Cap­tive fe­male panda takes walk on the wild side to find her mate

China Daily (Hong Kong) - - CHINA - By HUANG ZHILING in Chengdu huangzhiling@ chi­

The first panda cub pro­duced by mat­ing a fe­male raised in cap­tiv­ity with a wild male was born in Sichuan prov­ince in the early hours of Mon­day.

The cub weighed 216 grams, much heav­ier than the av­er­age 150 grams for a new­born, ac­cord­ing to Zhang Hemin, deputy ex­ec­u­tive di­rec­tor of the China Con­ser­va­tion and Research Cen­ter for the Gi­ant Panda at the Wo­long Na­tional Na­ture Re­serve.

Cao Cao, the mother, is 16 years old (equiv­a­lent to 48 in hu­man years) and con­sid­ered old for giv­ing birth, he said.

She had been raised in cap­tiv­ity and was re­leased into the wild at the cen­ter’s He­taop­ing base on March 1 in time for the panda mat­ing sea­son, which runs from March to May.

In March, sev­eral male pan­das were seen fight­ing for the right to mate with her, and re­searchers at the cen­ter be­gan check­ing data ev­ery five days sent by the GPS tag on her neck — which was fit­ted with a record­ing de­vice.

When they checked the record­ing on March 27, they heard her mak­ing noises sim­i­lar to those made by fe­males while mat­ing. The mat­ing, which might have taken place on March 23, lasted 1 minute and 30 sec­onds, Zhang said.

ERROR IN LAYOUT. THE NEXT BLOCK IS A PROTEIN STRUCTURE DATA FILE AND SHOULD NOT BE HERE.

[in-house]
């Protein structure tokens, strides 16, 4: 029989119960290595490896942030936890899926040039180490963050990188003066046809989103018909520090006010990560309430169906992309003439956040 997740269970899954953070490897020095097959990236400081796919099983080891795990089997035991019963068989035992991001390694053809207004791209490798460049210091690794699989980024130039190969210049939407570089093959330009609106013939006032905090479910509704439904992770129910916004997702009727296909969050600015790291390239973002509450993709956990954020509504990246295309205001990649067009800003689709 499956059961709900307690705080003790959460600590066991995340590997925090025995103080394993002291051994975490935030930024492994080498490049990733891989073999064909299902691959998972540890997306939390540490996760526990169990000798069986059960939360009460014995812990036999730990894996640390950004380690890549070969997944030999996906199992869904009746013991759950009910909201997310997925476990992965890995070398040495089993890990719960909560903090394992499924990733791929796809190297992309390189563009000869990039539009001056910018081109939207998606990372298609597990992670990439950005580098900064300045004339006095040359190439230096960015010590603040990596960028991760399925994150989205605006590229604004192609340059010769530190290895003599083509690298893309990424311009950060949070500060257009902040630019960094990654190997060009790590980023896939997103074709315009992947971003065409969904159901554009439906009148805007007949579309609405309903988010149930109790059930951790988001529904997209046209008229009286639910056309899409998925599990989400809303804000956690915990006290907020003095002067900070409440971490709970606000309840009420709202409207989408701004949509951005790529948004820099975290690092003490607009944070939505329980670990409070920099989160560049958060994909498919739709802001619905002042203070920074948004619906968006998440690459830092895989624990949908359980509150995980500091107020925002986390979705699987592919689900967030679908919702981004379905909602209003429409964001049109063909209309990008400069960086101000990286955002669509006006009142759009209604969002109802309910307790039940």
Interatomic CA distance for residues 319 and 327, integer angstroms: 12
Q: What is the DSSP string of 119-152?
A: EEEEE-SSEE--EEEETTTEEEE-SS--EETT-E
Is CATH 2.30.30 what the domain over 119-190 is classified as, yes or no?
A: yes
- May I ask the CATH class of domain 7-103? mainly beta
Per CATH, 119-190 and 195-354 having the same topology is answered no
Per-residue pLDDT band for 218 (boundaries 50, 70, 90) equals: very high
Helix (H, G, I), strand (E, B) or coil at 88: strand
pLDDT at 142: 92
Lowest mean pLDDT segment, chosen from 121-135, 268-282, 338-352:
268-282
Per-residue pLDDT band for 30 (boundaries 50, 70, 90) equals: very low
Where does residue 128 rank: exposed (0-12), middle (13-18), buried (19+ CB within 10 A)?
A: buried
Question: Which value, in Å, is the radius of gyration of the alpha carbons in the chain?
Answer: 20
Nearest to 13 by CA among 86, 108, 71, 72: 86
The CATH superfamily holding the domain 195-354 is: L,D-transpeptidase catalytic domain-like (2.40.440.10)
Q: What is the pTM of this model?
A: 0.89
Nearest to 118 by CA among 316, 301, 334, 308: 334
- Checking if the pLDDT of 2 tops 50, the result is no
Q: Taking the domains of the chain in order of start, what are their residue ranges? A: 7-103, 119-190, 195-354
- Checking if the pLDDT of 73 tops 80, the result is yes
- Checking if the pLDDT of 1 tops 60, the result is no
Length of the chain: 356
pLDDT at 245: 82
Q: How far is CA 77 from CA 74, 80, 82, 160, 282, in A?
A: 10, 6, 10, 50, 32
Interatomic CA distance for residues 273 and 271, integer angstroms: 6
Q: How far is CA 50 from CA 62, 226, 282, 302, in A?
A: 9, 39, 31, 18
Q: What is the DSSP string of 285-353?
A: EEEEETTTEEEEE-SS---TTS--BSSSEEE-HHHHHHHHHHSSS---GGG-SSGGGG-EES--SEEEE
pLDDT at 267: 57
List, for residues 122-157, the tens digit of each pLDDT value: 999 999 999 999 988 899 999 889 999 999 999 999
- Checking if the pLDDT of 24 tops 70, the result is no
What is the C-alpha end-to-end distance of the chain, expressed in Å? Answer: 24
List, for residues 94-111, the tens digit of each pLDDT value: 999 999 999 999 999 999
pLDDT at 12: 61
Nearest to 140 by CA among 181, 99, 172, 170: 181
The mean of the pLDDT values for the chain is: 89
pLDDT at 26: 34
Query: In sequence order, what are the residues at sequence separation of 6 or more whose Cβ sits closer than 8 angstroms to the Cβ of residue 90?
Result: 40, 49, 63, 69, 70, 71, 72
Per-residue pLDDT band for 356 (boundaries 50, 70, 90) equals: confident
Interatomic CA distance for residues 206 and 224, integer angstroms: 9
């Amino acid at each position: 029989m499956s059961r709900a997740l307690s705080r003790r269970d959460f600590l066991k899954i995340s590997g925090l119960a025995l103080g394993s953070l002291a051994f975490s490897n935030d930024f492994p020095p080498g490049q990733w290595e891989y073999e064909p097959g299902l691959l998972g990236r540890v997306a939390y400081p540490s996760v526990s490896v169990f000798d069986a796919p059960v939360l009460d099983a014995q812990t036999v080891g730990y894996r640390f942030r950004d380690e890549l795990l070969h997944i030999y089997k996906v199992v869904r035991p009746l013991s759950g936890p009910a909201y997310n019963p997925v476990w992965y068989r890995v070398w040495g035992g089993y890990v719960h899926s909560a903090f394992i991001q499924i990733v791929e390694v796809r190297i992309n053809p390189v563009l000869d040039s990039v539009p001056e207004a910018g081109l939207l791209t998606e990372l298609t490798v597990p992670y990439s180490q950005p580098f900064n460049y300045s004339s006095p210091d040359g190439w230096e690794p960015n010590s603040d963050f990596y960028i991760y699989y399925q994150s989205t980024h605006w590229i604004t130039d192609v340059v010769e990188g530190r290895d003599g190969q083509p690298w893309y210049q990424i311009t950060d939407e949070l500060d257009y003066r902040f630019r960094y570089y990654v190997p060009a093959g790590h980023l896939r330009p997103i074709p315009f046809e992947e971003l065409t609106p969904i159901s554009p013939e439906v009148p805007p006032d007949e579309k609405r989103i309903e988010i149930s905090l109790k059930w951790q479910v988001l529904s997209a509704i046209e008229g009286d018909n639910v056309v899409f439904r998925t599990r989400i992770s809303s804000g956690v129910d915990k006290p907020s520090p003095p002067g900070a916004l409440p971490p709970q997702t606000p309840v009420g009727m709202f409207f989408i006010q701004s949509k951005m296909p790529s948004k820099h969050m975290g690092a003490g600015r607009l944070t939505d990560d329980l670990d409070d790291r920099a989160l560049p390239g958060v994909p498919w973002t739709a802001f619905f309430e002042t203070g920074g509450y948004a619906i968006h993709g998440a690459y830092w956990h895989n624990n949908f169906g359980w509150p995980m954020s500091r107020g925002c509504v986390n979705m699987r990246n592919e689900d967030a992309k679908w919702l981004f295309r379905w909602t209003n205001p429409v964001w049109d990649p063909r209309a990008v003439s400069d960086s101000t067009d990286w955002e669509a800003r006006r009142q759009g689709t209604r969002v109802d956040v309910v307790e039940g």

Cao Cao was born in the wild but was res­cued and taken to the cen­ter at age 2 after she was found in poor health in­side the re­serve. Be­fore giv­ing birth on Mon­day, she had al­ready given birth to six cubs.

Two of the six are well­known to pan­daphiles — male Tao Tao and fe­male Zhang Xiang. Both have been re­leased into the wild in the Lizip­ing Na­ture Re­serve in Sichuan.

Tao Tao was 2 years old when re­leased into the wild in 2012, and Zhang Xiang was the same age when re­leased in 2013.

With the goal of en­larg­ing the wild panda pop­u­la­tion, the cen­ter has re­leased seven cap­tive pan­das in Lizip­ing since 2006. Five are far­ing well, in­clud­ing Tao Tao and Zhang Xiang.

The cen­ter used to cap­ture wild pan­das for research and re­pro­duc­tion pur­poses, but since the early 1990s, the gov­ern­ment has banned cap­tur­ing wild pan­das. As a re­sult, cap­tive pan­das have had to mate with their cap­tive peers. As the num­ber of cap­tive pan­das is lim­ited, this might re­sult in in­breed­ing and is not good for bio­di­ver­sity, ex­perts say.

The cen­ter for­mu­lated a plan last year un­der which cap­tive pan­das could mate with wild ones, and Cao Cao was the first cap­tive panda cho­sen. The ob­jec­tive is to im­prove the gene pool of cap­tive pan­das.


A new­born panda cub is ex­am­ined in Chengdu, Sichuan prov­ince, on Mon­day. The mother, Cao Cao, who was raised in cap­tiv­ity, mated with a wild male. It is the first time such a union has pro­duced off­spring.

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